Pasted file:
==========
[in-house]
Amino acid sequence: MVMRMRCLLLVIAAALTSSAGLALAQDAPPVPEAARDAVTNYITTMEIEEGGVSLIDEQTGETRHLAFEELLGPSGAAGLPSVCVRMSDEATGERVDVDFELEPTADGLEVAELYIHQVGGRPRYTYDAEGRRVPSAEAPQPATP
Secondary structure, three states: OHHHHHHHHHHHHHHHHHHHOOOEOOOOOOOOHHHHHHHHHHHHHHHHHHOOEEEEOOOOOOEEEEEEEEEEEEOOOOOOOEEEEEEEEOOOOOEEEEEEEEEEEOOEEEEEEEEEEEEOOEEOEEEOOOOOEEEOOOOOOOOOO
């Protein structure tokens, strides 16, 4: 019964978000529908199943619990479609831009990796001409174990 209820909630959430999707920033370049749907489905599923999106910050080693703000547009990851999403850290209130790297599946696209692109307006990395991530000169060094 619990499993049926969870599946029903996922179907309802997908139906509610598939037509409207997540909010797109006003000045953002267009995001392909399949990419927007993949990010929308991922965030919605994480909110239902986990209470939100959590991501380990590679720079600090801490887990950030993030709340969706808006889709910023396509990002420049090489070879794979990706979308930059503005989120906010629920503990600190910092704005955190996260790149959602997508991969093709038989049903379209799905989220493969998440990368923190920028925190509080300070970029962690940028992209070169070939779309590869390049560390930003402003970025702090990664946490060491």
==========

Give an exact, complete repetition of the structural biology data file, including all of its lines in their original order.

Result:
[in-house]
Amino acid sequence: MVMRMRCLLLVIAAALTSSAGLALAQDAPPVPEAARDAVTNYITTMEIEEGGVSLIDEQTGETRHLAFEELLGPSGAAGLPSVCVRMSDEATGERVDVDFELEPTADGLEVAELYIHQVGGRPRYTYDAEGRRVPSAEAPQPATP
Secondary structure, three states: OHHHHHHHHHHHHHHHHHHHOOOEOOOOOOOOHHHHHHHHHHHHHHHHHHOOEEEEOOOOOOEEEEEEEEEEEEOOOOOOOEEEEEEEEOOOOOEEEEEEEEEEEOOEEEEEEEEEEEEOOEEOEEEOOOOOEEEOOOOOOOOOO
């Protein structure tokens, strides 16, 4: 019964978000529908199943619990479609831009990796001409174990 209820909630959430999707920033370049749907489905599923999106910050080693703000547009990851999403850290209130790297599946696209692109307006990395991530000169060094 619990499993049926969870599946029903996922179907309802997908139906509610598939037509409207997540909010797109006003000045953002267009995001392909399949990419927007993949990010929308991922965030919605994480909110239902986990209470939100959590991501380990590679720079600090801490887990950030993030709340969706808006889709910023396509990002420049090489070879794979990706979308930059503005989120906010629920503990600190910092704005955190996260790149959602997508991969093709038989049903379209799905989220493969998440990368923190920028925190509080300070970029962690940028992209070169070939779309590869390049560390930003402003970025702090990664946490060491």